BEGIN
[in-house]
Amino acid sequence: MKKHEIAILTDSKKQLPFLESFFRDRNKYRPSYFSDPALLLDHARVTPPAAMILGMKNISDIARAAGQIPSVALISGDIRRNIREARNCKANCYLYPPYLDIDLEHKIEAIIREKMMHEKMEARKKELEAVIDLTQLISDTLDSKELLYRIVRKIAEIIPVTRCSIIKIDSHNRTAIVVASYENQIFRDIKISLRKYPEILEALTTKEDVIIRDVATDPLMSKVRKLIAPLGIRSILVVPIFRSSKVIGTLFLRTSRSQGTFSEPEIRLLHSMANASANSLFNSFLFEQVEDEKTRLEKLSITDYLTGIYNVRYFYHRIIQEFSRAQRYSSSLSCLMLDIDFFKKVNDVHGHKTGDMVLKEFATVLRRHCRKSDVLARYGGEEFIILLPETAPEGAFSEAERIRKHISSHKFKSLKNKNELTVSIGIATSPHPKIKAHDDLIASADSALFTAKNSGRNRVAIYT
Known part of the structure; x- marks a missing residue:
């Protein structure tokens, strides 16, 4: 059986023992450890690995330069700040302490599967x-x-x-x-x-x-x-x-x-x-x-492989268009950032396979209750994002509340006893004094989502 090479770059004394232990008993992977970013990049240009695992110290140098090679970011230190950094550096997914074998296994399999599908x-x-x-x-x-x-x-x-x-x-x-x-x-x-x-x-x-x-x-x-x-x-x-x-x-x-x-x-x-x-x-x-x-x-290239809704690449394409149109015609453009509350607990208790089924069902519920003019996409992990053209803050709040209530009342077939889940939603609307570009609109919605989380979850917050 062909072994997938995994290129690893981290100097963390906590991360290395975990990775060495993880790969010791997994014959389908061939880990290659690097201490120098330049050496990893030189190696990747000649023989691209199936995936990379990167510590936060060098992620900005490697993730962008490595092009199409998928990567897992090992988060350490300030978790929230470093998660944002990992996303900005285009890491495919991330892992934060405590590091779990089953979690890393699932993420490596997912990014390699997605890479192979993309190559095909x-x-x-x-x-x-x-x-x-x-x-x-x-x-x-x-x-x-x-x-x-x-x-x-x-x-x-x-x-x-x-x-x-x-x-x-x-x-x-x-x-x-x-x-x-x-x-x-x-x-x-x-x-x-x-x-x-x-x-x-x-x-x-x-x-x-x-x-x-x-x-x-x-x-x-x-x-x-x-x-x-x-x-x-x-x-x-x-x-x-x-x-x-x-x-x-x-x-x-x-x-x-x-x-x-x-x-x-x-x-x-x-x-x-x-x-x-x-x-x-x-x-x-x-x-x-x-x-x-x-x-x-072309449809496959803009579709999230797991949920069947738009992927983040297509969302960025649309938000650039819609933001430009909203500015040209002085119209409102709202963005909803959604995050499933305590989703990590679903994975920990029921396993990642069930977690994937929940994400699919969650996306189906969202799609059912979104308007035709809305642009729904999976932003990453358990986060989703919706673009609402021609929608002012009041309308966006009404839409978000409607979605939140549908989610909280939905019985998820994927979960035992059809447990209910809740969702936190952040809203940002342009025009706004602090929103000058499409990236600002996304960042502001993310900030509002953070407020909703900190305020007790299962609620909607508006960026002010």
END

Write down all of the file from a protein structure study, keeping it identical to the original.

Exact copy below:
[in-house]
Amino acid sequence: MKKHEIAILTDSKKQLPFLESFFRDRNKYRPSYFSDPALLLDHARVTPPAAMILGMKNISDIARAAGQIPSVALISGDIRRNIREARNCKANCYLYPPYLDIDLEHKIEAIIREKMMHEKMEARKKELEAVIDLTQLISDTLDSKELLYRIVRKIAEIIPVTRCSIIKIDSHNRTAIVVASYENQIFRDIKISLRKYPEILEALTTKEDVIIRDVATDPLMSKVRKLIAPLGIRSILVVPIFRSSKVIGTLFLRTSRSQGTFSEPEIRLLHSMANASANSLFNSFLFEQVEDEKTRLEKLSITDYLTGIYNVRYFYHRIIQEFSRAQRYSSSLSCLMLDIDFFKKVNDVHGHKTGDMVLKEFATVLRRHCRKSDVLARYGGEEFIILLPETAPEGAFSEAERIRKHISSHKFKSLKNKNELTVSIGIATSPHPKIKAHDDLIASADSALFTAKNSGRNRVAIYT
Known part of the structure; x- marks a missing residue:
């Protein structure tokens, strides 16, 4: 059986023992450890690995330069700040302490599967x-x-x-x-x-x-x-x-x-x-x-492989268009950032396979209750994002509340006893004094989502 090479770059004394232990008993992977970013990049240009695992110290140098090679970011230190950094550096997914074998296994399999599908x-x-x-x-x-x-x-x-x-x-x-x-x-x-x-x-x-x-x-x-x-x-x-x-x-x-x-x-x-x-x-x-x-x-290239809704690449394409149109015609453009509350607990208790089924069902519920003019996409992990053209803050709040209530009342077939889940939603609307570009609109919605989380979850917050 062909072994997938995994290129690893981290100097963390906590991360290395975990990775060495993880790969010791997994014959389908061939880990290659690097201490120098330049050496990893030189190696990747000649023989691209199936995936990379990167510590936060060098992620900005490697993730962008490595092009199409998928990567897992090992988060350490300030978790929230470093998660944002990992996303900005285009890491495919991330892992934060405590590091779990089953979690890393699932993420490596997912990014390699997605890479192979993309190559095909x-x-x-x-x-x-x-x-x-x-x-x-x-x-x-x-x-x-x-x-x-x-x-x-x-x-x-x-x-x-x-x-x-x-x-x-x-x-x-x-x-x-x-x-x-x-x-x-x-x-x-x-x-x-x-x-x-x-x-x-x-x-x-x-x-x-x-x-x-x-x-x-x-x-x-x-x-x-x-x-x-x-x-x-x-x-x-x-x-x-x-x-x-x-x-x-x-x-x-x-x-x-x-x-x-x-x-x-x-x-x-x-x-x-x-x-x-x-x-x-x-x-x-x-x-x-x-x-x-x-x-x-072309449809496959803009579709999230797991949920069947738009992927983040297509969302960025649309938000650039819609933001430009909203500015040209002085119209409102709202963005909803959604995050499933305590989703990590679903994975920990029921396993990642069930977690994937929940994400699919969650996306189906969202799609059912979104308007035709809305642009729904999976932003990453358990986060989703919706673009609402021609929608002012009041309308966006009404839409978000409607979605939140549908989610909280939905019985998820994927979960035992059809447990209910809740969702936190952040809203940002342009025009706004602090929103000058499409990236600002996304960042502001993310900030509002953070407020909703900190305020007790299962609620909607508006960026002010």